Before the latest wave of COVID shut it down, the Regimental Brewmeister was planning to operate a tavern as part of the “Frost Faire” at Pottsgrove Manor. Since running taverns at reenactments is our ultimate goal, I feel the time spent planning that event was well spent even though we were ultimately forced to cancel. One of the byproducts of this plan was the physical construction of a portable tavern which can be set up at the various sites we visit and this year, we built several key components of a field portable colonial tavern which can be set up at various venues both as a fundraiser for the site and for use by the soon to be launched Battlefield Brewing Company to sell beer to the public at events.
A commercially manufactured fly tent like are sold by Tent Smiths (www.tentsmiths.com) typically cost well over $1300 when you include the canvas, the poles, ropes, and stakes. Amortizing this expense over the 6-8 events the Regimental Brewmeister supports each year is well beyond cost prohibitive so we needed a cheaper solution. These commercial tents are beautiful and durable but in the short term, we need something easy to set up and with a reasonable cost. The solution I chose was based off of a fly tent I saw at Fort Mifflin used by the Seadogs (https://www.facebook.com/SeaDogsNJ/) and is constructed using period methods from materials that can easily be acquired at your local Home Depot or Lowes.
Unlike Tent Smiths, I took some liberties in my historical interpretation and made the tent easier to transport as well as maintain. That said, there are no modern fasteners or any construction material and methods used that would not be available to an 18th Century sailmaker or tentsmith. I did use a canvas drop cloth just like the SeaDogs did and that had machine stitches. All other components were made with hand tools.
I chose a 12×15 canvas for my fly tent. There are many commercially available sizes and I briefly considered sewing two drop cloths together to get a different size. The tent poles, stakes, and dogbone guywire tensioners are all made from pressure treated lumber for durability. At some point, I may choose to paint the canvas as a waterproofing (and to add a little color to the encampment!). All told, this fly tent, complete, will cost me about $150 and six hours of labor.
The original fly I am copying had modern brass eyelet grommets at stress points where the poles attach to the canvas. This is, of course, needed to prevent the canvas from tearing with normal use but is not period correct for the 18th Century. I built leather grommets based on sailing stress points using 8oz leather squares. Two leather squares are cut for each stress point (total of 24 squares for 12 points) and punched for lacing. Finally an center hole of diameter slightly larger than the pins at the pole ends is punched. I then stitched the squares into each corner and every 4-6 feet around the parameter plus two center support points. In addition to the leather square, I stitched an 18′ webbing strap under each grommet to allow the canvas to be tied to the pole for further security.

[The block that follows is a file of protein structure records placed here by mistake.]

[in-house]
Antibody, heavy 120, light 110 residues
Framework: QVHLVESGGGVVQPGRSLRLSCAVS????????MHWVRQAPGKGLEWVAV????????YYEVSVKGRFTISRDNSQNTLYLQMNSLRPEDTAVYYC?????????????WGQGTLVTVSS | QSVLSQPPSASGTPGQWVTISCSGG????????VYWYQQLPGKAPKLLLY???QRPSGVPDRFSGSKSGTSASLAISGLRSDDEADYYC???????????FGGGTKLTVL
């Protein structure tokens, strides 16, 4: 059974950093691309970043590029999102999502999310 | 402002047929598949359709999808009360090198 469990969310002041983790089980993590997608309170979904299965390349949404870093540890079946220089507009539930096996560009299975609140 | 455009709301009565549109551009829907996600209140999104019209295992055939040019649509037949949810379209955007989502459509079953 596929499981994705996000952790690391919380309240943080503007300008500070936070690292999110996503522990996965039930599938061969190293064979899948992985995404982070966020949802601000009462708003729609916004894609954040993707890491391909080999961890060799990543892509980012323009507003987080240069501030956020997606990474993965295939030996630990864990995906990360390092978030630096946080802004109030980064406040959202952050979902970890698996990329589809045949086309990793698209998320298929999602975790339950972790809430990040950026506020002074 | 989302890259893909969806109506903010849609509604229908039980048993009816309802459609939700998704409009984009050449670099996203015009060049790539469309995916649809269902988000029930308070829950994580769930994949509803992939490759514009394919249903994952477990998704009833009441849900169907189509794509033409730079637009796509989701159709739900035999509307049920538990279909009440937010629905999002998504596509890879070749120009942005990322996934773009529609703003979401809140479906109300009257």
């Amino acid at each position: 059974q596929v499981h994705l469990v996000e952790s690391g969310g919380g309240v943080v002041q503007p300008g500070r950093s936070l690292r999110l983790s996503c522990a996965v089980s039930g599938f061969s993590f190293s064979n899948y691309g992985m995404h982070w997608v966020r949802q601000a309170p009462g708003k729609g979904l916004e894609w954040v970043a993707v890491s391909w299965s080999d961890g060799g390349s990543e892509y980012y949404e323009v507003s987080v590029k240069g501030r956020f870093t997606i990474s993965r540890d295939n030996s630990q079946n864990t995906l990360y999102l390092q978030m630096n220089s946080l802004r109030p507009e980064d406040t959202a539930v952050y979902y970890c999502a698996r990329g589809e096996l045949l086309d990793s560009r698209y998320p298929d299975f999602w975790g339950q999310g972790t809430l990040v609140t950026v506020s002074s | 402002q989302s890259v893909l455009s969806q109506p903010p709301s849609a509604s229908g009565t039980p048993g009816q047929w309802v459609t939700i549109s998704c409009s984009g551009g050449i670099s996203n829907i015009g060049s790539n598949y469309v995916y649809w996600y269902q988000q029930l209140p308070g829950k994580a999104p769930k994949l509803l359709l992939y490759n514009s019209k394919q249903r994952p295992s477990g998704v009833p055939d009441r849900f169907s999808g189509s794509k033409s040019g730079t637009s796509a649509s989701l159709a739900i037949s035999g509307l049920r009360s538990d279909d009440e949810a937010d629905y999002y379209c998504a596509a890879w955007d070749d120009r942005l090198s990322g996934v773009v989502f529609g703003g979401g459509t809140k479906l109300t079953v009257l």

I considered gluing the square (in addition to stitching) but found stitching the center grommets difficult so I avoided this extra step. If I replace individual points, I may add glue.
Tent Stakes and Tensioners
I originally planned to use iron stakes and strongly considered just buying a set of blacksmith made tent stakes like those sold by Crazy Crow but the more I looked into that the less pleased I was with the option. I even considered buying some mild steel and bending and cutting my own but eventually, I decided to just go “old school” and cut tent stakes from the same 1×2 material I was using to build my tent poles. These will not be as durable as iron stakes and will likely need to be replaced often but when I loose one, I won’t feel it is a big deal.
A nice alternative to making stakes is to buy them from Avalon Forge and they sell two versions of period correct tent “pins” or stakes. While I am making the tent stakes, I will also cut 4″ slabs and drill them to make guywire tensioners.
The original fly I am copying used solid wooden poles (2″ dowels) with metal pins (actually 10 penny nails with heads) on the top only. I think the dowels are likely more period correct than my approach but I needed something that was easy to transport and moving 12 eight foot poles without a truck was problematic. As a compromise, I adapted the design I used with my surveyors plane table to make collapsible wooden poles that can be shortened to fit in the trunk of my car or my small trailer.
I considered many options and finally landed upon this design as the simplest to build and maintain. Other options I considered were metal or wooden sleeves on solid poles (see photo below), traditional ridge poles and supports, and various bolted together solutions. All of these were rejected because they were either too difficult to source the materials for, too difficult to build in my garage, or just too difficult to maintain in the field. This solution could have been used by an enterprising engineer or craftsman of the 18th Century as there are no components or techniques of construction employed that rely were not available at the time, I just don’t have any evidence that they were used. Nonetheless, my poles can be extended to 7 and 8 feet in length and then collapsed to 4 feet for storage and transport.